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What widely held historical ideas are in the process of being overturned?(r/AskHistorians)
In the last decade or so there has been a serious revision of the importance of the atomic bombs in ending World War II, due primarily to the work of Tsuyoshi Hasegawa. His book Racing the Enemy: Stalin, Truman, and the Surrender of Japan argues pretty effectively that in the minds of the Japanese Imperial government, the Soviet invasion of Manchuria is what really caused them to surrender when they did, not the atomic bombs. He has done quite a good job of going over the Japanese sources to really fill out their side of the story in a way that had been conspicuously lacking in previous historical work.
Not everyone is convinced (I’m a bit on the fence myself), but his book has certainly changed the terms of debate, and, at least with respect to every historian of the bomb I know (which is quite a lot of them!), pretty much everyone is willing to at least go half-way with Hasegawa, in that they are de-coupling the old cause-and-effect implications about the bomb and the end of the war.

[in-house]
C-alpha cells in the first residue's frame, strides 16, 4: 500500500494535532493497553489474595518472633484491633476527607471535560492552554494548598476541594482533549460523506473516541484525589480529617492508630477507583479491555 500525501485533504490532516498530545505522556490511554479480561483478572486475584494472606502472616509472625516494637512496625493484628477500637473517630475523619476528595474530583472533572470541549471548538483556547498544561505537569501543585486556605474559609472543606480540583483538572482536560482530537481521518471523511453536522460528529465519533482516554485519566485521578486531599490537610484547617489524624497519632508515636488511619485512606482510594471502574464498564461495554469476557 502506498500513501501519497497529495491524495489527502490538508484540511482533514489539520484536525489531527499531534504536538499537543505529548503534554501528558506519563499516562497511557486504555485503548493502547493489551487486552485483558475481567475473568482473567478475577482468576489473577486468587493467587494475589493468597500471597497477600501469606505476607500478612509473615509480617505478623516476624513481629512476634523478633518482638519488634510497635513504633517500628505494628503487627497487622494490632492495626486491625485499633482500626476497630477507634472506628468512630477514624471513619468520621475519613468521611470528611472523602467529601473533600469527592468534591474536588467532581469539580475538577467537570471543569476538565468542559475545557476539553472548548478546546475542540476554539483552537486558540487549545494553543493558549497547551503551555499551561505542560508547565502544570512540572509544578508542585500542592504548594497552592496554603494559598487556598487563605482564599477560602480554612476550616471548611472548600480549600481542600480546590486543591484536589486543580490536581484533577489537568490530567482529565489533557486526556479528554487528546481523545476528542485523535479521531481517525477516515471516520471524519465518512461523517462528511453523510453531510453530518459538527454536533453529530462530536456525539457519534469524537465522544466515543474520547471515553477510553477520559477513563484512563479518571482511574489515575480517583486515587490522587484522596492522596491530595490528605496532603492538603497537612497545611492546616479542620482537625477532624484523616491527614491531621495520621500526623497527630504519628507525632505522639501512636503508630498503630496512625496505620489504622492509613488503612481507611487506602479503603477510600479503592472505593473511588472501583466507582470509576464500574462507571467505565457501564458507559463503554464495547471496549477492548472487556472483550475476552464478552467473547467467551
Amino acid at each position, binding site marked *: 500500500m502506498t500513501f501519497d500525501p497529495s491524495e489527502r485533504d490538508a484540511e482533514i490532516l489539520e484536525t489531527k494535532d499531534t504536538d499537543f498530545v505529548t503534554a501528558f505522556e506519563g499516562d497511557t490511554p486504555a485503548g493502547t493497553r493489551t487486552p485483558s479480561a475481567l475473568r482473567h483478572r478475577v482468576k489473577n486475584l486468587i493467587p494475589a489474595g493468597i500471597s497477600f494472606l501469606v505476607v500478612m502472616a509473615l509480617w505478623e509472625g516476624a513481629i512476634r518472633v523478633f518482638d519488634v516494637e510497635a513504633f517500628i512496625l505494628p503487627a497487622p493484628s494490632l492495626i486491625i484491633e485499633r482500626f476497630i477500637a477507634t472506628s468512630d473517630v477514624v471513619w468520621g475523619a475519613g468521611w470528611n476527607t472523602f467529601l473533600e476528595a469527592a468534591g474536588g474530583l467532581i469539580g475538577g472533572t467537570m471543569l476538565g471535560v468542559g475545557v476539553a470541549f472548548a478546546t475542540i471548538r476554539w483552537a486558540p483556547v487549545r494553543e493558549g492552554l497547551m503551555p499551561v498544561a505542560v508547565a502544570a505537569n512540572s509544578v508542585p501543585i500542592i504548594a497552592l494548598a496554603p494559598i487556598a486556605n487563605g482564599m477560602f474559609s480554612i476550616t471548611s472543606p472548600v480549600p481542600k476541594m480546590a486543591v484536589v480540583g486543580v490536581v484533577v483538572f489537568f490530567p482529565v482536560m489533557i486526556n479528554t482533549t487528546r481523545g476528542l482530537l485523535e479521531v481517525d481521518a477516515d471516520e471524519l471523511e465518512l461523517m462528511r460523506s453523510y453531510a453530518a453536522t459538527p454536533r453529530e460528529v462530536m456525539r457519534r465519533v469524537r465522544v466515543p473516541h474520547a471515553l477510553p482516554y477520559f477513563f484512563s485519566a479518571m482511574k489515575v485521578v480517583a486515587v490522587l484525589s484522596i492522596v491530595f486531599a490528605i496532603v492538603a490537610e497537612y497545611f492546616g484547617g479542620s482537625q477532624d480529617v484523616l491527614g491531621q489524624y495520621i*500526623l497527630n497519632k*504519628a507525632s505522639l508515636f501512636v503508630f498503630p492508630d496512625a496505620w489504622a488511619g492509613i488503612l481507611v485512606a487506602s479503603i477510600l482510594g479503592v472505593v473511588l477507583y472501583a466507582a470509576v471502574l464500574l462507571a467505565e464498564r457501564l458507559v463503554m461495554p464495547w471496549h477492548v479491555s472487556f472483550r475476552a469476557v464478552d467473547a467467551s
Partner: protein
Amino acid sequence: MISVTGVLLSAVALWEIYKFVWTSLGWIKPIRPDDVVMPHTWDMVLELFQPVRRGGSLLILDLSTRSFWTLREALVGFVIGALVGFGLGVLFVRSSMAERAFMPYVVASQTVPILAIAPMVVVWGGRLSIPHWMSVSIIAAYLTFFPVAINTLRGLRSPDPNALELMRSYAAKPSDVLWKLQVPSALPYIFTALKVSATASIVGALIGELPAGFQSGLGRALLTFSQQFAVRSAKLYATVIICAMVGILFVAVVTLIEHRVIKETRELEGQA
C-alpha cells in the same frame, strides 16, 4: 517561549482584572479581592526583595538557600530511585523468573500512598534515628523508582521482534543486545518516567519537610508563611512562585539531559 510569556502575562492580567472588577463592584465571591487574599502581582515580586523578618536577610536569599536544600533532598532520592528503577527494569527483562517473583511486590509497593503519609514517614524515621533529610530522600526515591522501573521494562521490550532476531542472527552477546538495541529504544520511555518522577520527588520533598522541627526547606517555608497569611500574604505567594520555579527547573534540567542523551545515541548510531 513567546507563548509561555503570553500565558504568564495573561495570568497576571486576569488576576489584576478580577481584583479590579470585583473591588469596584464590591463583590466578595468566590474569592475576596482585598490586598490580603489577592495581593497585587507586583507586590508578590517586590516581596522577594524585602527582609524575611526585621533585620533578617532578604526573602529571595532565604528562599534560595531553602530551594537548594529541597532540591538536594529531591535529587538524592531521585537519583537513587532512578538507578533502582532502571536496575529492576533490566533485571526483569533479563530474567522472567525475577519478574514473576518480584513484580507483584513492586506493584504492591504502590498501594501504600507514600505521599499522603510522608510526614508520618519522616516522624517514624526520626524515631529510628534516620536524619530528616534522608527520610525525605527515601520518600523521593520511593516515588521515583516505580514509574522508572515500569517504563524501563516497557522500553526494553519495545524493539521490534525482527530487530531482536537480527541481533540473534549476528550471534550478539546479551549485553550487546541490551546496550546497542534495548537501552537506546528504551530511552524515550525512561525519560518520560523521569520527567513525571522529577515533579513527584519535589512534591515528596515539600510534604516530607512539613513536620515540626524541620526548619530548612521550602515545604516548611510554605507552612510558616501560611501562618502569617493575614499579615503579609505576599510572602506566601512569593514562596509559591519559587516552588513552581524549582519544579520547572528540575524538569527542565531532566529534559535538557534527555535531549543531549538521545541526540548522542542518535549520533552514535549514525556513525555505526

That is, the typical story has always gone, “the US wanted to end the war quickly, they dropped two bombs, and Japan surrendered.” Which is true! It’s just that the correlation of those last two clauses may not actually equate with causation. The old debate about the “decision to use the bomb” always took for granted that the bomb actually mattered, in the end, but Hasegawa has really opened that up again as a live historical issue, and one which is actually in many ways entirely separate from the question of the motivation to use the bomb.